culated into this state.
By using the table the ambient pressure 0.74 bar at 2500 metres above sea level is obtained. If
the flow is recalculated to Nl/s (12 Nm
3
/min = 12000/60 Nl/s = 200 Nl/s) and is set in the
formula the following is obtained:
The total compressor capacity demanded is then 309 + 67 + 95 = 471 l/s (FAD).
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5.6 (Addition 2) Intermittent output
Question: Presuppose that in the calculation example above there is an extra requirement
from consumer 1 of a further 200 l/s for 40 seconds on the hour. It is accepted during this
phase that the pressure in the system drops to 5.5 bar(e). How large should the receiver
volume be to meet this extra requirement?
Answer: It is possible, during a short period, to take out more compressed air than what the
compressor can manage by storing the compressed air in an air receiver. However, this
requires that the compressor has a specific over capacity. The following relation applies for
this:
where
Q = air flow during the emptying phase = 200 l/s
t = length of the emptying phase = 40 seconds
P
1
- P
2
= permitted pressure drop during the emptying phase = normal pressure in the
system - minimum accepted pressure during the emptying phase = 6.46 - 5.5 = 0.96 bar
Inserted in the formula to give the requisite air receiver volume:
In addition, it is required that the compressor has a specific over capacity, so that it can fill
the air receiver after the emptying phase. The selected compressor has an over capacity of 5
l/s = 18000 litres/hour. As the air receiver is emptied once per hour the compressors over
capacity is more than sufficient.
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5.7 (Addition 3) Water borne energy rec overy
Question: A water borne energy recovery circuit is to be built for the compressor in the
example. Presuppose that the water to be heated is in a warm water return (boiler return)
with an ingoing return temperature of 55C. Calculate the flow required for the energy
recovery circuit and the power that can be recovered. Also calculate the flow and outgoing
temperature for the boiler return.
Answer: Start be drawing the energy recovery circuit and name the different power, flow
and temperatures. Now follow the calculation below.
Q
E
= power transferred from the compressor to the energy recovery circuit (kW)
Q
P
= power transferred from the energy recovery circuit to the boiler return (kW)
m
E
= water flow in the energy recovery circuit (l/s)
m
P
= water flow in the boiler return (l/s)
t
E1
= water temperature before the compressor (C)
t
E2
= water temperature after the compressor (C)
t
P1
= ingoing temperature on the boiler return (C)
t
P2
= outgoing temperature on the boiler return (C)
5:2
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5.7.1 Assumption
The following assumption has been made:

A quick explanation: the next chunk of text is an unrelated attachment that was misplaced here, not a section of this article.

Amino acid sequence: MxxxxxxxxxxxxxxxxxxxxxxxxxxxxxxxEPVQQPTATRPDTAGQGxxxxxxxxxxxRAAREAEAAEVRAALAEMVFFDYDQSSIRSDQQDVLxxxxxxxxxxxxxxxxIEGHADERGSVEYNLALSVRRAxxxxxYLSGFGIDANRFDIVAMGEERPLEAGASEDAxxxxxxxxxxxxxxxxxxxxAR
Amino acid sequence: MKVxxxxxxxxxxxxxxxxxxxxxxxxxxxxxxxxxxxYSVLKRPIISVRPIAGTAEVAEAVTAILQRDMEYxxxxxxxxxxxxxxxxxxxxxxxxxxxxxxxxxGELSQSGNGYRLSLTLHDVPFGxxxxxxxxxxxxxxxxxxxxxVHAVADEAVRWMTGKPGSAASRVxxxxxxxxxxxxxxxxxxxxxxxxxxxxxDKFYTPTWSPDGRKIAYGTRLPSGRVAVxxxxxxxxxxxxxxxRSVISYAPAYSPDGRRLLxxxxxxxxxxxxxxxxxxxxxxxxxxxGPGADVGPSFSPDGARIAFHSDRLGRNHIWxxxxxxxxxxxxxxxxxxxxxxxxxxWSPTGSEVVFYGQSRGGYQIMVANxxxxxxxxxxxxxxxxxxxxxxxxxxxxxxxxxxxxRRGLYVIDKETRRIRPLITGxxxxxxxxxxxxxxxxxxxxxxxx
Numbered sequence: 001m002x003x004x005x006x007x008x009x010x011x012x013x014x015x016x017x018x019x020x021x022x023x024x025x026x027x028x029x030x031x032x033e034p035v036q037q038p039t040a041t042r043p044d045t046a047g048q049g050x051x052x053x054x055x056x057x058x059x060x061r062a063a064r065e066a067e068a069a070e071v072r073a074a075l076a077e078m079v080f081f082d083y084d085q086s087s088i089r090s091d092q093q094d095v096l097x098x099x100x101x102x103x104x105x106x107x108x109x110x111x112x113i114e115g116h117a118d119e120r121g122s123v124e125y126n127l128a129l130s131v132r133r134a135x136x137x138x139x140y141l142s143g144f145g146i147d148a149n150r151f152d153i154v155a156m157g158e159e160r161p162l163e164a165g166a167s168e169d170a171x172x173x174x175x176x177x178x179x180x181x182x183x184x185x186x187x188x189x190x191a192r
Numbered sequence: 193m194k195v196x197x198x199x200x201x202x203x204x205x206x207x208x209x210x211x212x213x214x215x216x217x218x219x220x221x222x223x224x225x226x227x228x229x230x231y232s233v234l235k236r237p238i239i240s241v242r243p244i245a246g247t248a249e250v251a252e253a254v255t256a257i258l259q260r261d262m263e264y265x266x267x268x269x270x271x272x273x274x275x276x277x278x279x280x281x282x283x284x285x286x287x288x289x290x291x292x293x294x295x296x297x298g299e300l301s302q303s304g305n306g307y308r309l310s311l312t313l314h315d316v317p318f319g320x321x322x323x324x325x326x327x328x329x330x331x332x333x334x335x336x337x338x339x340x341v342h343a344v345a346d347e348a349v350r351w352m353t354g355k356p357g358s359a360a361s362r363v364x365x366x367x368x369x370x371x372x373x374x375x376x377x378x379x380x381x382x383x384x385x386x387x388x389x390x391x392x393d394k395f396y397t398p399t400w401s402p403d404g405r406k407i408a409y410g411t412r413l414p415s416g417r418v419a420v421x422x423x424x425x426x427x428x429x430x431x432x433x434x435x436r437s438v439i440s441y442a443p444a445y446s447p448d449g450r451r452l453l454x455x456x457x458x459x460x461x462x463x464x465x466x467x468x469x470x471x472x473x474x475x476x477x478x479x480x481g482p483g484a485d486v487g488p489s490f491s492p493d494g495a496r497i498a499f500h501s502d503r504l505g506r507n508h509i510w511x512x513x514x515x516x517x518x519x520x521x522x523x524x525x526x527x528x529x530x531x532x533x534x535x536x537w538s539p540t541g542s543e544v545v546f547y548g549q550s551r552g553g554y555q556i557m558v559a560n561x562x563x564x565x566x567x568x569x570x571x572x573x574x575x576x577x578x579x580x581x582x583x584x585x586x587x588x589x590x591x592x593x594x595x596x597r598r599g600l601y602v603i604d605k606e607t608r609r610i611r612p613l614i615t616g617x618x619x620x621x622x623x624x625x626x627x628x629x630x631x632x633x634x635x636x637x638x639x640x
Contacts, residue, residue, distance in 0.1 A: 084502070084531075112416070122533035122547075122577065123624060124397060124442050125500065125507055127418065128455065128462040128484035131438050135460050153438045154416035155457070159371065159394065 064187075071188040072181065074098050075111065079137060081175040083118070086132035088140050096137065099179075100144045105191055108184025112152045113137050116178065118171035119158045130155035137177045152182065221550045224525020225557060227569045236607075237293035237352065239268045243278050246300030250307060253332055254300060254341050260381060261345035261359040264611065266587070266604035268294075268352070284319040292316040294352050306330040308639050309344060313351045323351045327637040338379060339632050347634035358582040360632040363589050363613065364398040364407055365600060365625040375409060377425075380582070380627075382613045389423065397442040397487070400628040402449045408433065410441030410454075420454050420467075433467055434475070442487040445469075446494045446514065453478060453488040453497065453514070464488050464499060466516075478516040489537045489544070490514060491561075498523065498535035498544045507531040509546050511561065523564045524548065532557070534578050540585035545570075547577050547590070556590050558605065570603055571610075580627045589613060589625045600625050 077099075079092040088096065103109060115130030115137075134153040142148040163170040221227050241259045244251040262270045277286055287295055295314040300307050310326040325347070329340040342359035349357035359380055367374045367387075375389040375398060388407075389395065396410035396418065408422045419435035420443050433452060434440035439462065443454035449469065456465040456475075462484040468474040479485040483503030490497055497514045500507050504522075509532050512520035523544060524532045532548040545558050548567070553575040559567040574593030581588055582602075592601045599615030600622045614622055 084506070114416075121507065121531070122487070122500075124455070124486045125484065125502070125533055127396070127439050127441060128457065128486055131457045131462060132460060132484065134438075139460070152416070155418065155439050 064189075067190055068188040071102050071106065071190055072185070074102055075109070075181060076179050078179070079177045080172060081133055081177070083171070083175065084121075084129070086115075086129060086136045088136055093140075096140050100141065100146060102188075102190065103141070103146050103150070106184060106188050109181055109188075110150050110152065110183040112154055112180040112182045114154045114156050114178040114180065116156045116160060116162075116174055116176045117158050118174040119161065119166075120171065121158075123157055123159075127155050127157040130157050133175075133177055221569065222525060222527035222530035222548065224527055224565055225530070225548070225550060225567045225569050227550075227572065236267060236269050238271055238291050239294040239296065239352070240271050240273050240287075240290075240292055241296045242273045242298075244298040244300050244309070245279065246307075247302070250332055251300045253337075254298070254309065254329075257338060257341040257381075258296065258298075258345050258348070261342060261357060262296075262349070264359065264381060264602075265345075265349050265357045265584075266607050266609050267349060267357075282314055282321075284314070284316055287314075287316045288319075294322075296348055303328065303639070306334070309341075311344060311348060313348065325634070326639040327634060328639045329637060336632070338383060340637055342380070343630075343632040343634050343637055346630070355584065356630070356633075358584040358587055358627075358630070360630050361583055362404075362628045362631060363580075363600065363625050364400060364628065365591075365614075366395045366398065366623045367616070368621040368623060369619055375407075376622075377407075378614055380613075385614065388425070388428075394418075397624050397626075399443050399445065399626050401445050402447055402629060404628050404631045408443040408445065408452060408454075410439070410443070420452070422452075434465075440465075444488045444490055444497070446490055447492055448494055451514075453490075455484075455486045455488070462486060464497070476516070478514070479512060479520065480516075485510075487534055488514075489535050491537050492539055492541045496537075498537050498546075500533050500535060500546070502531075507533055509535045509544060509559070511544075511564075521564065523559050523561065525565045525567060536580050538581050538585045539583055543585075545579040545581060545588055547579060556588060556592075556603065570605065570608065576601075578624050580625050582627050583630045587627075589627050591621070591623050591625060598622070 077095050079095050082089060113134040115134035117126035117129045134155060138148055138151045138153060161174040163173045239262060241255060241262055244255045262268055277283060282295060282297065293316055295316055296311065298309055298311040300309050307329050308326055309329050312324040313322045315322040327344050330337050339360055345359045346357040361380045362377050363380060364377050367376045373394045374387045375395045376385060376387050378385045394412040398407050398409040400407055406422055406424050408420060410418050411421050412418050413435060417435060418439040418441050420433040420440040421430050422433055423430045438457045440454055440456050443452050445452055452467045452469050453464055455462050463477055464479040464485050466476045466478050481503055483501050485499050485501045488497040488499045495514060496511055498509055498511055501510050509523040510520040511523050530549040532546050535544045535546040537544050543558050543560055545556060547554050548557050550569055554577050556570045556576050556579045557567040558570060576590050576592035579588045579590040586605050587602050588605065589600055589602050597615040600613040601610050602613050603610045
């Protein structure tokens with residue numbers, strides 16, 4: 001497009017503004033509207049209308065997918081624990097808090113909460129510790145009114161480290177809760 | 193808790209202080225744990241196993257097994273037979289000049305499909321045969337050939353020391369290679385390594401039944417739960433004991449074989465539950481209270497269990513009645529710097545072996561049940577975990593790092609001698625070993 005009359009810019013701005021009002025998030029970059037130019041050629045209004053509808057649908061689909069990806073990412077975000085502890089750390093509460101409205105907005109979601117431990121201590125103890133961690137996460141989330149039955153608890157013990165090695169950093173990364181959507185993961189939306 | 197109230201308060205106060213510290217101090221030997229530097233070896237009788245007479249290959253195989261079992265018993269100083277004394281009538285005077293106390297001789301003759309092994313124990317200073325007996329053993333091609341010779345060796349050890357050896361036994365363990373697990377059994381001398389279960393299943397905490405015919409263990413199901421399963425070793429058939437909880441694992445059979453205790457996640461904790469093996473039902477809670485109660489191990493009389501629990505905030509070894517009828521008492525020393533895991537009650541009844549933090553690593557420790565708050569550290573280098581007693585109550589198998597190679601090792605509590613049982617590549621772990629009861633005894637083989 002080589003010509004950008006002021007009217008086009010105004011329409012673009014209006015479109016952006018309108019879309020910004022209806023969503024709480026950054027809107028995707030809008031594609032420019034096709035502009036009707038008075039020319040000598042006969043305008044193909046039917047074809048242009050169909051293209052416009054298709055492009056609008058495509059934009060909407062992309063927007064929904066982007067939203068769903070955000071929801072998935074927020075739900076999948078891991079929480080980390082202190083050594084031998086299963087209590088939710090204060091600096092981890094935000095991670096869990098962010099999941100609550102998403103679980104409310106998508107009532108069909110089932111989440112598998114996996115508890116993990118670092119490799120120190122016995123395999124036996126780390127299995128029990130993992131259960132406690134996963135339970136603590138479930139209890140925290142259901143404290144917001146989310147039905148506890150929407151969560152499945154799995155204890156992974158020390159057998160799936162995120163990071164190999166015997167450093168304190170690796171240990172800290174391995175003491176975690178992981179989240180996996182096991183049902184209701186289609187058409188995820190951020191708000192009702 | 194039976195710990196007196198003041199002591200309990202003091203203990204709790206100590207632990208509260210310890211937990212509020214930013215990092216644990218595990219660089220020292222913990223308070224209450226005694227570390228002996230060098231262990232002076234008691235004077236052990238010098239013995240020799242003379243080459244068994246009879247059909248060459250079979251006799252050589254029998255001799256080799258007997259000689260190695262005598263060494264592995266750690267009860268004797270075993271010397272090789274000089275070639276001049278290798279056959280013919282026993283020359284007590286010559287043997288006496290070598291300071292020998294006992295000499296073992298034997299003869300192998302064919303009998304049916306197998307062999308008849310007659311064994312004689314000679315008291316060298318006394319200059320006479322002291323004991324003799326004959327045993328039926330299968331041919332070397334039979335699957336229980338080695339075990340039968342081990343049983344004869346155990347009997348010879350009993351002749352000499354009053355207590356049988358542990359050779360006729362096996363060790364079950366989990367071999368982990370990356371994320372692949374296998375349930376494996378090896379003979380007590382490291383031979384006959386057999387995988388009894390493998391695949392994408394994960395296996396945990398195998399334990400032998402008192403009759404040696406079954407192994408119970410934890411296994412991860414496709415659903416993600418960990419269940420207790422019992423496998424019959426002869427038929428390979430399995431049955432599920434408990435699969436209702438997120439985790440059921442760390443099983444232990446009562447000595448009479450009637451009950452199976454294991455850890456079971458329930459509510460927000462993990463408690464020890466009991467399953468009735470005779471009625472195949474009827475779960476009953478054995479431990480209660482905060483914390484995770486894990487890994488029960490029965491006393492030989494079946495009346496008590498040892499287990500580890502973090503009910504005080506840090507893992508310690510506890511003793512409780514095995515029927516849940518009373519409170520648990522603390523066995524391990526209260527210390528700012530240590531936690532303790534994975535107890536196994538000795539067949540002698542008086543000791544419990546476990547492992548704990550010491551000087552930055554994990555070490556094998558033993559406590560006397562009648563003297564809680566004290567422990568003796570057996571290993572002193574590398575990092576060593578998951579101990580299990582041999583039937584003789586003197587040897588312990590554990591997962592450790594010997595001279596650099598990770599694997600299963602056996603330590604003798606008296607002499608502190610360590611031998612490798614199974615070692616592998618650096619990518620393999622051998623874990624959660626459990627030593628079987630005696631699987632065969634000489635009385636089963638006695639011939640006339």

A suitable water temperature out of the compressor for energy recovery can be obtained
from the compressor supplier and is assumed to be in this example t
E2
= 80C.
Assumption for the water circuit through the energy recovery heat exchanger:
t
E1
= t
P1
+5C
t
P2
= t
E2
-5C
In addition it is assumed that the pipe and heat exchanger have no heat exchange with the
surroundings.
5.7.2 Calc ulation of the c ooling water flow in the energy rec overy c irc uit
Q = m x c
p
x "T
"T = temperature increase across the compressor = t
E2
- t
E1
= 80C - 60C = 20C
c
p
= specific heat capacity for water = 4.18kJ/kg x K
Q = Q
E
= the power that can be taken care of = 70% of the supplied shaft power = 0.70 x 162
= 132 kW.
This is the power possible to recover for the selected compressor.
m = mass flow in the energy recovery circuit = m
E
.
The formula can be written as:
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5.7.3 Energy balanc e ac ross the rec overy heat exc hanger
For the recovery heat exchanger applies:
Q
E
= m
E
x c
p
x (t
E2
-t
E1
)
Q
p
= m
p
x c
p
x (t
P2
-t
P1
)
However, as it has been presupposed that no heat exchange shall take place with the sur-
roundings, the power transferred to the energy recovery circuit from the compressor will be
equal to the power transferred in the recovery heat exchanger, i.e. Q
P
= Q
E
= 113 kW.
The formula can be written as:
5.7.4 Compilation of the answer
It can be established from the calculation that the power which can be recovered is 113 kW.
This requires a water flow in the energy recovery circuit of 1.35 l/s. An appropriate flow for
the boiler return is also 1.35 l/s with an increase of the boiler temperature by 20C.
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5.8 (Addition 4) Pressure drop in the piping
Question: A 23 metre pipe with an inner diameter of 80 mm shall lead a flow of 140 l/s. The
pipe is routed with 8 elbows that all have a bend diameter equal to the inner diameter. How
great will the pressure drop across the pipe be if the absolute initial pressure is 8 bar(a)?
Answer: First the equivalent pipe length for the 8 elbows must be determined. The equiva-
lent pipe length of 1.3 metres per elbow can be read off from the table 3:36. The total pipe
length is then 8 x 1.3 + 23 = 33.4 meters. The following formula is used to calculate the pres-
sure drop:
Insertion gives:
Accordingly, the total pressure drop across the pipe will be 0.0054 bar